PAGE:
If you’ve been reading the headlines since the U.S. election it seems like a civil war is brewing. In California and the Northwest they are preparing the “Calexit.” Around the Thanksgiving table people are being disinvited, or moods are cooled. In their “coastal citadels,” as one article called them, people are hunkering down, wondering how to connect to rural America.
Just How Many Different Americas Are There?
A Wall Street Journal article claimed “Republican America is now so vast that a traveler could drive 3,600 miles across the continent, from Key West, Florida, to the Canadian border crossing at Porthill, Idaho, without ever leaving a state under total GOP control.” A New York Times piece noted that the US has become more segregated by class than ever before. “Over the past several decades, the United States has become increasingly segregated by class, with college-educated people marrying, living and socializing apart from less-educated Americans. The result has been that Americans have lost touch with one another, sociologists say, and helps explain why each side is so baffled by the other.”
In memes and on social media some have put forward various maps of this divided country. The “Calexit” story of California, Oregon and Washington seceding from the union is paired with maps that show parts of the East Coast, Yankee country, Minnesota and the West coast becoming part of Canada. “Organizers across the Western seaboard are translating this postelection emotional momentum into concrete action by planning protests, holding community forums, raising money, pushing petitions and drafting new ballot proposals,” asserted Ozy.com.
America has been through this before. In A War for the Soul of America, Andrew Hartman looked back at the culture wars that have been going on since the 1960s. “There is a religious war going on for the soul of our country,” Patrick Buchanan said at the Republican National Convention in 1992. These conflicts over gay marriage, abortion, the ‘moral majority’ of the 1980s and the ‘silent majority’ of Richard Nixon’s era have always defined America. They lie dormant until an election cycle or another defining moment lets them loose.
The roots of these differences in America have their origins at the creation. In Albion’s Seed, David Hackett Fischer argued that British immigrants brought four distinct cultures to the colony, resulting in the Yankee culture, the southern culture, a more individualistic backwoods way of life and the idealism of William Penn’s middle states. What he sketched out became sharpened by the Revolution and the Civil War between north and south. The Civil War cast a long shadow over the US that leaves its mark through the present in our culture and stereotypes. But “north versus south” faded from memory as migrations took place and sub-cultures changed. Melting pot turned to multi-culturalism. A 1981 book by Joel Garreau provocatively asked if there are really nine distinct nations in North America. He called California and the northwest “ecotopia,” cut off must of Texas and the Southwest and gave it to Mexico as “Mexamerica.” The heartland he called the “Breadbasket,” the south “Dixie.” New York and the rustbelt were the “foundry,” New England was still itself but Quebec became its own country and Miami was given to a federation of islands in the Caribbean.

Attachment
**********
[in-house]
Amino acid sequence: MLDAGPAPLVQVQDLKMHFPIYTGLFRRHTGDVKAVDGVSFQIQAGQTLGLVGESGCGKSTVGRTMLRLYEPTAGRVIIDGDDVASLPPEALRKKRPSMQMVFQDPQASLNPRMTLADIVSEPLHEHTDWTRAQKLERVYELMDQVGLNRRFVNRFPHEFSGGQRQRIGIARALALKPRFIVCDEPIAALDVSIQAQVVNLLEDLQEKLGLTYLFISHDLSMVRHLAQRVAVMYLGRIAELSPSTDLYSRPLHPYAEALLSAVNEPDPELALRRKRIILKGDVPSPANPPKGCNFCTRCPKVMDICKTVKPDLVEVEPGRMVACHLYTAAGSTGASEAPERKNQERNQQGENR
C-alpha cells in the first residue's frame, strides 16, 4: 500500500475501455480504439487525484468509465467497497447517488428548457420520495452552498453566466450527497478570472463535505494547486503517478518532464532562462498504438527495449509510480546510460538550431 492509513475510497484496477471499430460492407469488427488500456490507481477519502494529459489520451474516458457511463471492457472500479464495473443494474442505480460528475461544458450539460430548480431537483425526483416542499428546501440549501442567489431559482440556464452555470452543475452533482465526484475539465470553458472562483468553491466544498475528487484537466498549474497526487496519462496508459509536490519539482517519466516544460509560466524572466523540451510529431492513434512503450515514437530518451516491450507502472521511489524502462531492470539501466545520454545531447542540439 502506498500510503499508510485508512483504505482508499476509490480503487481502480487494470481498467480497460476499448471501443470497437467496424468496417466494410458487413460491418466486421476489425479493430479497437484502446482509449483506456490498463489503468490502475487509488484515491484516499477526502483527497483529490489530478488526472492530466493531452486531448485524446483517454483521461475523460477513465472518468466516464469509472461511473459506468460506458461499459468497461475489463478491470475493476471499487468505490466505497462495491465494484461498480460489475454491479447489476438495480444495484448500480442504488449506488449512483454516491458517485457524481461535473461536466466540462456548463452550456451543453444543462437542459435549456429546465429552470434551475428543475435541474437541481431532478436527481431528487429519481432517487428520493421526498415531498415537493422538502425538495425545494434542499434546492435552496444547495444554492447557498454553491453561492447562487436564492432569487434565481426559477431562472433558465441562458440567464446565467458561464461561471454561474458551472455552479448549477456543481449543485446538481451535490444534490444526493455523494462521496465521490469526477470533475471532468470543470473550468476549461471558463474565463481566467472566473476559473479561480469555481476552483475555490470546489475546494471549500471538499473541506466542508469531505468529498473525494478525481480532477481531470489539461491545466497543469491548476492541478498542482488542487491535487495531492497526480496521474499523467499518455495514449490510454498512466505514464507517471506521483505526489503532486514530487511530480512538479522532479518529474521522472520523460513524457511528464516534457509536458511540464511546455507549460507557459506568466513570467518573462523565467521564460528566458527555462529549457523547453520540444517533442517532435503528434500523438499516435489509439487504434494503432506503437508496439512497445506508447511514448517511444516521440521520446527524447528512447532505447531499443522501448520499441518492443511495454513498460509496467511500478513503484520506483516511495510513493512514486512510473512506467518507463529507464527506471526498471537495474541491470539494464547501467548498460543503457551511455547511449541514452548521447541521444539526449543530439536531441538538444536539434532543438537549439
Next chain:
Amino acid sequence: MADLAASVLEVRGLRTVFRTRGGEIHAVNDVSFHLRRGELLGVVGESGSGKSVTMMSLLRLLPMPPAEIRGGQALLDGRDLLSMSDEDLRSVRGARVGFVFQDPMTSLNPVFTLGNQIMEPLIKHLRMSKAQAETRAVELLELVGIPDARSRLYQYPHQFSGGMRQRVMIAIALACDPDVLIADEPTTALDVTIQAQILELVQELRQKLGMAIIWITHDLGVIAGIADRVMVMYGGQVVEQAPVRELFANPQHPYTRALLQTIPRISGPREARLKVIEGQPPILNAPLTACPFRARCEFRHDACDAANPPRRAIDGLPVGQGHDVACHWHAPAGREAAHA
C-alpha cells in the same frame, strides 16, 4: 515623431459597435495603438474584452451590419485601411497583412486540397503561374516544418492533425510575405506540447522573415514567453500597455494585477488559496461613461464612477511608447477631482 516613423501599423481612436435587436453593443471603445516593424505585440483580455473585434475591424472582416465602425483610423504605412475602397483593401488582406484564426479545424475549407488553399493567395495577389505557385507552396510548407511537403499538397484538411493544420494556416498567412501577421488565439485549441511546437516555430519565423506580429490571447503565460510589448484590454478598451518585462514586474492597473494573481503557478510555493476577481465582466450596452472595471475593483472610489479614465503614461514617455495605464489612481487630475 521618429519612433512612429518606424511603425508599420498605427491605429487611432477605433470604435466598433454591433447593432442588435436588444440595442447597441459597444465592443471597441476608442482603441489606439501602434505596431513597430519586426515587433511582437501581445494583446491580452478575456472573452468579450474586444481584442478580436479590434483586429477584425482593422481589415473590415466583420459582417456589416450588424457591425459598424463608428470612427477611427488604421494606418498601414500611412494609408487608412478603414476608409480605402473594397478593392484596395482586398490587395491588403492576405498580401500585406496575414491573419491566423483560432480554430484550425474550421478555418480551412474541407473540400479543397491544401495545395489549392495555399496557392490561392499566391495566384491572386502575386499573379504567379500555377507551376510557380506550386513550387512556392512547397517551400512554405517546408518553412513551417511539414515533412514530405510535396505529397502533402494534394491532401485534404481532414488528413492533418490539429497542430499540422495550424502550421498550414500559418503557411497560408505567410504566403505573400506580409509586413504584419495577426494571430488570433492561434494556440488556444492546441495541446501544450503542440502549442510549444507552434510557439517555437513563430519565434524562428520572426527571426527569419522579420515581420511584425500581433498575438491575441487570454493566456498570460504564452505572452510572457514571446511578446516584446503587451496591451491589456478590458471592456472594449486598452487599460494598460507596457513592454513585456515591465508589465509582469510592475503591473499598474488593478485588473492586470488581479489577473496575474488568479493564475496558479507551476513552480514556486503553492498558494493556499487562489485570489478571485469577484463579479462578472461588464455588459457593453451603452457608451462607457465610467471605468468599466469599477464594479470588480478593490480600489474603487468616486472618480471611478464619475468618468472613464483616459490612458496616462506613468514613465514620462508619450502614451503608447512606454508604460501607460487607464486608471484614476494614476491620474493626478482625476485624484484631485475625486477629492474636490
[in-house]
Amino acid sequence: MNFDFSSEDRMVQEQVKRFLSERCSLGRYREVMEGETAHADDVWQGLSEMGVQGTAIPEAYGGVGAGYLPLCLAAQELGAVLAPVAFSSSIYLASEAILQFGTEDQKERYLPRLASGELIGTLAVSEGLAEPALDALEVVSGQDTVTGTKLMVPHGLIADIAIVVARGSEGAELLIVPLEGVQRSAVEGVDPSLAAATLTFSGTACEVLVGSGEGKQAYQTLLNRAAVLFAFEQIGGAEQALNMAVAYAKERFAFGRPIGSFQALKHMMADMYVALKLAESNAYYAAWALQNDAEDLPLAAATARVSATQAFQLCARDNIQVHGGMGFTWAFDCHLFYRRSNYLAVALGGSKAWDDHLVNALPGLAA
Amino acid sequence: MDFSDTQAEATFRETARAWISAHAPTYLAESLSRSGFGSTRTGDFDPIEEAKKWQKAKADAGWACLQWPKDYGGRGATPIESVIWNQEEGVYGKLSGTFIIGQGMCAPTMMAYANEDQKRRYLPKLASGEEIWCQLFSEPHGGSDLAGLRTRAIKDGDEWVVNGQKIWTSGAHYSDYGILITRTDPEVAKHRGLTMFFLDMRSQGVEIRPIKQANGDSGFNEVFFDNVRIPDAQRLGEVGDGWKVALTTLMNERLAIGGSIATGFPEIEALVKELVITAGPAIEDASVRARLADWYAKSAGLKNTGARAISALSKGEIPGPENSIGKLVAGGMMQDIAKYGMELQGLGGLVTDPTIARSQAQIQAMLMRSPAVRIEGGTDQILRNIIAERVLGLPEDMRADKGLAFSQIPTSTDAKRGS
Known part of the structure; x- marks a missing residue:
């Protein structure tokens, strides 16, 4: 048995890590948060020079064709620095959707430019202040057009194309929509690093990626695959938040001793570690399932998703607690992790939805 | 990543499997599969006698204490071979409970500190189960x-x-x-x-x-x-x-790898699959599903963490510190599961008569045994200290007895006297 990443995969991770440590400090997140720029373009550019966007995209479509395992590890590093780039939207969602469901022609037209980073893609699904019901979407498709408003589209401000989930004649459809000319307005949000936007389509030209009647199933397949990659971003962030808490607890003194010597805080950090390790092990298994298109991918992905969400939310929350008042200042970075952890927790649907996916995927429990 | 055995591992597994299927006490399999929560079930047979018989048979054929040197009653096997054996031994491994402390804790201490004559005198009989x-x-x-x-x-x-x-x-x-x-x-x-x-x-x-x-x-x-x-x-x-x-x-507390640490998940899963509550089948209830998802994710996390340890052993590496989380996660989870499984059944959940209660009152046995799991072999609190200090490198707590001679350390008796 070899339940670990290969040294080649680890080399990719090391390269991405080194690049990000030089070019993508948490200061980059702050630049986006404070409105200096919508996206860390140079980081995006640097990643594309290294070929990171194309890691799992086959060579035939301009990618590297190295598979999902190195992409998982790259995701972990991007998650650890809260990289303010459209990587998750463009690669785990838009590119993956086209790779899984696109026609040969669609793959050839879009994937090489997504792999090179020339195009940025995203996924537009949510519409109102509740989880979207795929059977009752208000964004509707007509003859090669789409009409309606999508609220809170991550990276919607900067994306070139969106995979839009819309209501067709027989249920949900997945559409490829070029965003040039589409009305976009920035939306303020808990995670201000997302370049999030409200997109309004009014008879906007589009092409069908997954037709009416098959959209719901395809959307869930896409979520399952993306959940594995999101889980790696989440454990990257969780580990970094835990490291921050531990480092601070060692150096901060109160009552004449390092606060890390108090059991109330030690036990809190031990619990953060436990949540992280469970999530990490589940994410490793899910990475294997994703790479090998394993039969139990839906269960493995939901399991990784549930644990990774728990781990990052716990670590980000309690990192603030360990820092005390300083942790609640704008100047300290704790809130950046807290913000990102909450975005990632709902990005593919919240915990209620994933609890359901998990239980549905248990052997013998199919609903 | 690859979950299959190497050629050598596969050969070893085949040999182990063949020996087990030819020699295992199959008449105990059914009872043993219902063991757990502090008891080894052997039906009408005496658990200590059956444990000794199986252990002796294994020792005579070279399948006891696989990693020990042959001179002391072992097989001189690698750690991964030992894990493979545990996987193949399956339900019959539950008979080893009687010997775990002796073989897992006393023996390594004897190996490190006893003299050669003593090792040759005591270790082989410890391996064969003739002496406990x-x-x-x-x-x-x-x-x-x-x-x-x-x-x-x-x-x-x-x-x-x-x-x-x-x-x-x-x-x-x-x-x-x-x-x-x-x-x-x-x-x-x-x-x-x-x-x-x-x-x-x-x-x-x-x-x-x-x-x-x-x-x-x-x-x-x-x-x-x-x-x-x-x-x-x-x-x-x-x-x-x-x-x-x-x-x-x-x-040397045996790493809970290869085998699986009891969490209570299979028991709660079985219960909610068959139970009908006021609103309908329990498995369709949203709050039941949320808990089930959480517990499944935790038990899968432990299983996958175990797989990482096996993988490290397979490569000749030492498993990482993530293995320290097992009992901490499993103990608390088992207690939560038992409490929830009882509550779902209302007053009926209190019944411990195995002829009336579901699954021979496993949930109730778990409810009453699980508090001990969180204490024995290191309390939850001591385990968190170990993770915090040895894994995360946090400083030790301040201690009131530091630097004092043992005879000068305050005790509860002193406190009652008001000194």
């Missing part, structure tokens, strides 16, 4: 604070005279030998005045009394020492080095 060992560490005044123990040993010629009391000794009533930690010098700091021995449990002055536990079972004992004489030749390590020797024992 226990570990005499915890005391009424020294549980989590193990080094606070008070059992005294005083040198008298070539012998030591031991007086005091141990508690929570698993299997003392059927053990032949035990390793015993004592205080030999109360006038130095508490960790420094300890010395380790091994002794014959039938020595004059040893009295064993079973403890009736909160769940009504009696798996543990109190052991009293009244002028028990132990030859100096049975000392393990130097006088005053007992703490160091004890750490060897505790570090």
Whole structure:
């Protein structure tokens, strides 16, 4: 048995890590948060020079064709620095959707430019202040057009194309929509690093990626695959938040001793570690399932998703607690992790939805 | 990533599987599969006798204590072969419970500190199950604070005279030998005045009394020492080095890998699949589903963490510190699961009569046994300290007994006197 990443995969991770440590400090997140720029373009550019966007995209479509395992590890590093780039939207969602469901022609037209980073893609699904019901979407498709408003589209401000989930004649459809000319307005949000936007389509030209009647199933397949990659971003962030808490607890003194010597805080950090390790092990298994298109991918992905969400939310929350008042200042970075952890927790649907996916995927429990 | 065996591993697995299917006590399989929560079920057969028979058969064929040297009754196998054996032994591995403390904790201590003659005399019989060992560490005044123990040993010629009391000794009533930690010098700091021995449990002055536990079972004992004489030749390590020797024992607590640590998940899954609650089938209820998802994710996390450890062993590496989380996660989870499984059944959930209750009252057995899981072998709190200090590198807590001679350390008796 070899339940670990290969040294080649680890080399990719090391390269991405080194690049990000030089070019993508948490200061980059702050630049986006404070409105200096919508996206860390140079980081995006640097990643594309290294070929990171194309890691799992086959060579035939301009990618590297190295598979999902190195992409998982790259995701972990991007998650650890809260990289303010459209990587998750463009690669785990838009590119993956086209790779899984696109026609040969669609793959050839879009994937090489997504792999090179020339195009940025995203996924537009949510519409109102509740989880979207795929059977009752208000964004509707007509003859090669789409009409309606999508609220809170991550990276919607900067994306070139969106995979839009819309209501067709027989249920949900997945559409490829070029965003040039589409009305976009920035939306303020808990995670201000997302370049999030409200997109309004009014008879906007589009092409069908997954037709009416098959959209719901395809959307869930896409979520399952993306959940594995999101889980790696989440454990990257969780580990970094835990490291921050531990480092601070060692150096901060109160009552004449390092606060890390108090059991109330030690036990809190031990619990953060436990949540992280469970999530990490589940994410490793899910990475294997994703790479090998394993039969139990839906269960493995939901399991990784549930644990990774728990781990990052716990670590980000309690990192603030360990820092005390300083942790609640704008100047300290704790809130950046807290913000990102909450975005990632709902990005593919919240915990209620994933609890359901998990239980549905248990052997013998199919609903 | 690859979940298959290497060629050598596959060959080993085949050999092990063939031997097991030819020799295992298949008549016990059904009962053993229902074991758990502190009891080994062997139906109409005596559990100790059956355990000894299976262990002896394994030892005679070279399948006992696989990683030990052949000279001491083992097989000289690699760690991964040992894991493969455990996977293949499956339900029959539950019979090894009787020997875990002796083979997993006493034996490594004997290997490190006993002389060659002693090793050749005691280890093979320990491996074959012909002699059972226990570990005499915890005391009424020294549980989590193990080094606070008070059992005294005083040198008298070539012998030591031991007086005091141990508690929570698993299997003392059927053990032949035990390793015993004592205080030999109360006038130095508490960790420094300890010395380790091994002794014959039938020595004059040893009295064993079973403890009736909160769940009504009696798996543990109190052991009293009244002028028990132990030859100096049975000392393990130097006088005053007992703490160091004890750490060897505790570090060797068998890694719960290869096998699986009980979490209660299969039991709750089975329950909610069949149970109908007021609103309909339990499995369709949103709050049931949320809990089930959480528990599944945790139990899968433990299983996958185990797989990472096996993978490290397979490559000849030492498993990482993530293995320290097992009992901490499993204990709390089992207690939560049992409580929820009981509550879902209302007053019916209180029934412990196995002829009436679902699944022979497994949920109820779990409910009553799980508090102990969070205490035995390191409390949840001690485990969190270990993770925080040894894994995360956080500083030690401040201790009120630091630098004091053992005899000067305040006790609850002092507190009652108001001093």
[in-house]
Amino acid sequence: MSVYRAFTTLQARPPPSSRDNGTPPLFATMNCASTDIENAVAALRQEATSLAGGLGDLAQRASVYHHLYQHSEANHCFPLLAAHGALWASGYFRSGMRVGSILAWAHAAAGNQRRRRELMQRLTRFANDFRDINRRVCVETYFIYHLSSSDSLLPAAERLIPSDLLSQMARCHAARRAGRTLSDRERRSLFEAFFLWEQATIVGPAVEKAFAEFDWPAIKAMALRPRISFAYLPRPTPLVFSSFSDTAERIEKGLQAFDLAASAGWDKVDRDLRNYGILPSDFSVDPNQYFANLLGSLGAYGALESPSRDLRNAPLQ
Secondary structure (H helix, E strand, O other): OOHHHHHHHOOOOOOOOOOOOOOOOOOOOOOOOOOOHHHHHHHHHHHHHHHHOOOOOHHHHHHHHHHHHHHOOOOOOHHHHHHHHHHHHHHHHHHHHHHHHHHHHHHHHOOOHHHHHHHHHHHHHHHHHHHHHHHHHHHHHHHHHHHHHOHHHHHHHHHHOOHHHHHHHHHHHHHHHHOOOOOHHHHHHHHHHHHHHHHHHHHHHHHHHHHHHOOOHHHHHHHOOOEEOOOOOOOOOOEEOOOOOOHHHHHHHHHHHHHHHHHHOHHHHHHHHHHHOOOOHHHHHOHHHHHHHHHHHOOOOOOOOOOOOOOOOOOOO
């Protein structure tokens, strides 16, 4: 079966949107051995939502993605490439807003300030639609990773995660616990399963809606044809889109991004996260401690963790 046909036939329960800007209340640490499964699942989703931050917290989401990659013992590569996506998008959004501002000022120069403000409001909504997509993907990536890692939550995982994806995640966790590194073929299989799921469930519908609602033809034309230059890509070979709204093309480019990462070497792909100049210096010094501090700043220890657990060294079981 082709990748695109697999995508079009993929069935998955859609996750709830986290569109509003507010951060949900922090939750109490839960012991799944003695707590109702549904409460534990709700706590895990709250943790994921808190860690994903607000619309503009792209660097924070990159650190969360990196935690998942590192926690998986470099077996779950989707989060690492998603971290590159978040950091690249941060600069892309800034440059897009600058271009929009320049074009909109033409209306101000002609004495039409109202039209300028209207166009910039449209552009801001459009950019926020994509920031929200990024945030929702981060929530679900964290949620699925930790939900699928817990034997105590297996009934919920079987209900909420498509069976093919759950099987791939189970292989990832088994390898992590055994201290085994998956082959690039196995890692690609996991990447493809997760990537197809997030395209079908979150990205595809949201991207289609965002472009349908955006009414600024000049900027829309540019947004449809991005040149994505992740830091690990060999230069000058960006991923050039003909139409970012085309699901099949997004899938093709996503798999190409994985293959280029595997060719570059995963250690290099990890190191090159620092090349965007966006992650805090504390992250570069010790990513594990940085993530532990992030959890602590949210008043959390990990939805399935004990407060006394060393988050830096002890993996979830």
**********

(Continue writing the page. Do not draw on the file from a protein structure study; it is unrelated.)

That sounds fanciful, but his book is somehow borne out by a map made after the 2000 US Census showing each county’s largest ancestry group. In the northeast most people chose to define themselves as English, Irish or Italian. But in the South pluralities said they were “American” or “African-American.” There of course is no “American” ancestry, so what most census takers were saying is that rather than feeling rooted abroad, their ancestry was so mixed they were rooted in the soil of places like Kentucky. In the mid-West they chose German or Mexican. It truly is a divided country with large swaths of sub-cultures that may have little in common with each other.
When Easy Rider which was made in 1969 it had that iconic sentence on its poster: “A man went looking for America and couldn’t find it anywhere.” He was yearning for the same thing that drove Jack Kerouac and has inspired so many others. We want to know our fellow Americans. Have we ceased to be driven to seek out that America? Articles claiming that people were disinviting their own relatives from Thanksgiving seem shocking. If people can’t speak to their own relatives because of differences over an election, how can they speak to their own fellow-citizens? Are these divides so great that they cannot be bridged? Our notion of America beset by civil conflict is largely imaginary. Democrats don’t only live in “coastal citadels” as the WSJ claimed, Republicans don’t only live in rural “flyover” country. Judging by the long and tortured history of the Republic and the colonial era that gave birth to it, these gaps will be bridged. People are socializing apart, they socialized apart when Teddy Roosevelt campaigned on the ‘square deal,’ and when Franklin Roosevelt spoke of the “forgotten man.” What we can be taught by history is to not give up, since cutting the country into a bunch of little republics probably isn’t happening anytime soon.